A new study may provide new insights into how the molecule deoxyribose-1-phosphate helps heal non-healing wounds and injuries, such as diabetic foot, by stimulating the formation of new blood vessels.
The study, jointly funded by the Biotechnology and Biological Sciences Research Council (BBSRC) and the Medical Research Council and led by the universities of Exeter and Bath, was published recently in the journal Antioxidants and Redox Signalling.
“We’re very excited to provide new insights into how this crucial molecule works to stimulate the formation of blood vessels in people,” says team leader Dr Giordano Pula, of the University of Exeter Medical School, in a media release from the University of Exeter.
“We now hope to be able to use this knowledge to trigger the formation of new blood vessels in patients where this is required for tissue regeneration, such as diabetic foot.”
Deoxyribose-1-phosphate activates an enzyme called NADPH oxidase 2 (NOX2). This in turn leads to the stimulation of the transcription factor called NFkB, which is responsible for turning on genes specifically involved in the formation of new blood vessels.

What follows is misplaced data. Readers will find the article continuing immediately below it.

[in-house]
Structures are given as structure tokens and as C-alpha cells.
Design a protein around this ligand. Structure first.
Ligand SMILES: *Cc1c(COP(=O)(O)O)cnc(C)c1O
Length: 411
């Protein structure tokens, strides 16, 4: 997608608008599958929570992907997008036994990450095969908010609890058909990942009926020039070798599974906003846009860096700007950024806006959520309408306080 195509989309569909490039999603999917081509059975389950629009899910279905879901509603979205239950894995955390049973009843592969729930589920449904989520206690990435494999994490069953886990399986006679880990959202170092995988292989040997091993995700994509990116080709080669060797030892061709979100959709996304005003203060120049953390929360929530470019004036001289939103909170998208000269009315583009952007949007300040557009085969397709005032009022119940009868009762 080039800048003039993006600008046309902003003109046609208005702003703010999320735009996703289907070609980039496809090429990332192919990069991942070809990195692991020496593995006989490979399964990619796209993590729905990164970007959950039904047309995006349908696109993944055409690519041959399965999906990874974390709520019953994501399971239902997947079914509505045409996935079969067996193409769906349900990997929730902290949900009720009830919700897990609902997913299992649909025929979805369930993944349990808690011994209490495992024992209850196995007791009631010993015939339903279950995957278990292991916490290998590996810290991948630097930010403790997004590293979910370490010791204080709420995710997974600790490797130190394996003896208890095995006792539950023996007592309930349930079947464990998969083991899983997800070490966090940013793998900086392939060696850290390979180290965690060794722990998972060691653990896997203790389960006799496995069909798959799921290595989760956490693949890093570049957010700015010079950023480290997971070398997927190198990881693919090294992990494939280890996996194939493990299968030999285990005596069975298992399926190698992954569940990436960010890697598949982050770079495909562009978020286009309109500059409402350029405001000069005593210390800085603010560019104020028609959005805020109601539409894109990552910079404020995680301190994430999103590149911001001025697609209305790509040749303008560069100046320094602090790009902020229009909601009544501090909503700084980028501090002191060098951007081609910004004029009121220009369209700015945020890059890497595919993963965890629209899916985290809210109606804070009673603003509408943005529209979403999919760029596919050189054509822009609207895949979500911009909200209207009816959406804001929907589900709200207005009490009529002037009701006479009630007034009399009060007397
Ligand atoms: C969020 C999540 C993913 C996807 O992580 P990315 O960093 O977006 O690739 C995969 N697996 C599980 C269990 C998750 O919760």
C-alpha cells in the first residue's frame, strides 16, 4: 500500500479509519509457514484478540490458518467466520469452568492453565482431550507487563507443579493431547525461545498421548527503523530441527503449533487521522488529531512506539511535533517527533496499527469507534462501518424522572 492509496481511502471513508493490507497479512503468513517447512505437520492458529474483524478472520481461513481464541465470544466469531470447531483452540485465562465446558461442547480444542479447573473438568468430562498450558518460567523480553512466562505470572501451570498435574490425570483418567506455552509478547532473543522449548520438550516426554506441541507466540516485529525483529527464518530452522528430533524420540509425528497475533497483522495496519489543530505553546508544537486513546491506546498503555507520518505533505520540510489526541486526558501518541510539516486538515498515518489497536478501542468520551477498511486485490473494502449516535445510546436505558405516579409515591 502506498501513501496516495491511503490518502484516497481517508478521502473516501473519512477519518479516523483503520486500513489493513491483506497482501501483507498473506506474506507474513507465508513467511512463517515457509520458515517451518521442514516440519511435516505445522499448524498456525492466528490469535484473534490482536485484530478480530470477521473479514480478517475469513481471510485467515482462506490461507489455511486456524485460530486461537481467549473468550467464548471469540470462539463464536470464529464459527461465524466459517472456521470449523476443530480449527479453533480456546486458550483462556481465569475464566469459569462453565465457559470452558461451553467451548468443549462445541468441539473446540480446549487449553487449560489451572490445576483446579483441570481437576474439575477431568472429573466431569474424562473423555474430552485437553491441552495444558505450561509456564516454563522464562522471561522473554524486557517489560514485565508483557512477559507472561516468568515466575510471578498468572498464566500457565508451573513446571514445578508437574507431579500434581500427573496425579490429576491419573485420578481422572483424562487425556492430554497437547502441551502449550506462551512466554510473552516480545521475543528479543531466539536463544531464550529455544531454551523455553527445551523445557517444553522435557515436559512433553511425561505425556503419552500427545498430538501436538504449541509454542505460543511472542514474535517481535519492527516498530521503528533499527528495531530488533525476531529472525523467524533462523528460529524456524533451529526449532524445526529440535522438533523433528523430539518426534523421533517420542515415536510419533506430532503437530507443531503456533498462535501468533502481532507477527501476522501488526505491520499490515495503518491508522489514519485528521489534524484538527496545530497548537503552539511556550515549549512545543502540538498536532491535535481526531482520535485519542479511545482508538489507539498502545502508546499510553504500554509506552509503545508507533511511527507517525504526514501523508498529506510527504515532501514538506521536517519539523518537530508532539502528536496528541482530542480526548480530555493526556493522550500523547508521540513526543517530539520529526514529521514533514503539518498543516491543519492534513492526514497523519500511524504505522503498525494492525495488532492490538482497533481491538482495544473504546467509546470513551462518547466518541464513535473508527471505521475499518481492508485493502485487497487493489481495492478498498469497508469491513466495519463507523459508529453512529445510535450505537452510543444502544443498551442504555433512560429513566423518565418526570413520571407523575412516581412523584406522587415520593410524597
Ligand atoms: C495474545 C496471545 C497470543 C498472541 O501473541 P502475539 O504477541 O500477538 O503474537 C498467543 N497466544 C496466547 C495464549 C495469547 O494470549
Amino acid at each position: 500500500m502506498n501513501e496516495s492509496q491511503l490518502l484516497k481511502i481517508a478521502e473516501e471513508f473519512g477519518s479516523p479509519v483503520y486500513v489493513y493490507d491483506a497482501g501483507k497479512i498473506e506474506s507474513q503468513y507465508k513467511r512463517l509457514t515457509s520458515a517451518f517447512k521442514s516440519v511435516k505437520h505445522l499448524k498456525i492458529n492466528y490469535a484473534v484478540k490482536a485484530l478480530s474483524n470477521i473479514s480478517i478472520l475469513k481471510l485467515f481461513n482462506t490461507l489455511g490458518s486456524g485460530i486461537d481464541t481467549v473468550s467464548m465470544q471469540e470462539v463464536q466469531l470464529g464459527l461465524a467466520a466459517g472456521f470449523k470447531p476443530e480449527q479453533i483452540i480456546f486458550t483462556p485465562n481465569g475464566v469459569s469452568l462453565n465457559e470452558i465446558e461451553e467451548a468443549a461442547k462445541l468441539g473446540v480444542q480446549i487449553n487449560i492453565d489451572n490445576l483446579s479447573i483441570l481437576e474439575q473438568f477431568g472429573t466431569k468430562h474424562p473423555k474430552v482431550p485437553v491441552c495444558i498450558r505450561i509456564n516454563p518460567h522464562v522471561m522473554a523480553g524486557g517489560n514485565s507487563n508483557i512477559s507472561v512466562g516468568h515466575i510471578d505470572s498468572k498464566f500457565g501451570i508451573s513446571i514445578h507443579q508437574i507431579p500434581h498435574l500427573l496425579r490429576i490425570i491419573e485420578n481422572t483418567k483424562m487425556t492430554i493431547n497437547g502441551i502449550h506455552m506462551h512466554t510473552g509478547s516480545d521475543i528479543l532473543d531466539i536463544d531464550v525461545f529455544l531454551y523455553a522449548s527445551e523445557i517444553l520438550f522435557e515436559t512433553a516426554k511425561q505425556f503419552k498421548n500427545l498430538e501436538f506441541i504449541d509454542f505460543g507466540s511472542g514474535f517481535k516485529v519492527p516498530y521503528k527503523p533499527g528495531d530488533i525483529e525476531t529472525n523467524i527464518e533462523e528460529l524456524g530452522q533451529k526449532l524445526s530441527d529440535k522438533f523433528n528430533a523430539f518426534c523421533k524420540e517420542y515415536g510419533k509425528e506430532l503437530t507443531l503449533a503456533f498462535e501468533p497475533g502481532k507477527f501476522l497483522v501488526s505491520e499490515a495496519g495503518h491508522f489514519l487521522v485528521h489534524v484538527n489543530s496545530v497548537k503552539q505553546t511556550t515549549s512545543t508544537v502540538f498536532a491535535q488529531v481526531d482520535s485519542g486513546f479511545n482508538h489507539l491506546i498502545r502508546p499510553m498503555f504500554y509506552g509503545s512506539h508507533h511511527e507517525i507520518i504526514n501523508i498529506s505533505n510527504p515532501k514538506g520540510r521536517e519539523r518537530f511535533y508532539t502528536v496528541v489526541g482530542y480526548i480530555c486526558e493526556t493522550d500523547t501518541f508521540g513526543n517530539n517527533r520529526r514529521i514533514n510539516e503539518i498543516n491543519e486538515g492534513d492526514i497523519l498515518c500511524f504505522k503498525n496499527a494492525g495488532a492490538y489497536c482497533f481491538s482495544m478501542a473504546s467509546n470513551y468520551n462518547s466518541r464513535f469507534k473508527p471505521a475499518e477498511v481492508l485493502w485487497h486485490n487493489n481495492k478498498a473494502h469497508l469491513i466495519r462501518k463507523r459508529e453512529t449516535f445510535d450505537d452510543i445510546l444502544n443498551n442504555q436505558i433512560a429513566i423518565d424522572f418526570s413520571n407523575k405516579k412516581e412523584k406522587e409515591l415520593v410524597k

Among the genes activated in the chain of events leading to blood vessel formation, the vascular endothelial growth factor receptor 2 (VEGFR2) plays a central role. This is a key target in regenerative medicine, and the team hopes that this discovery will provide a cost-effective treatment for manipulating blood vessel formation, the release explains.
Pula’s team is now planning to focus their investigation on the ability of deoxyribose-1-phosphate to stimulate skin repair by increasing the vascularization of wounds and non-healing ulcers. The team hopes this work will lead to new applications for treating conditions such as diabetic foot, the release adds.
[Source(s): University of Exeter, Science Daily]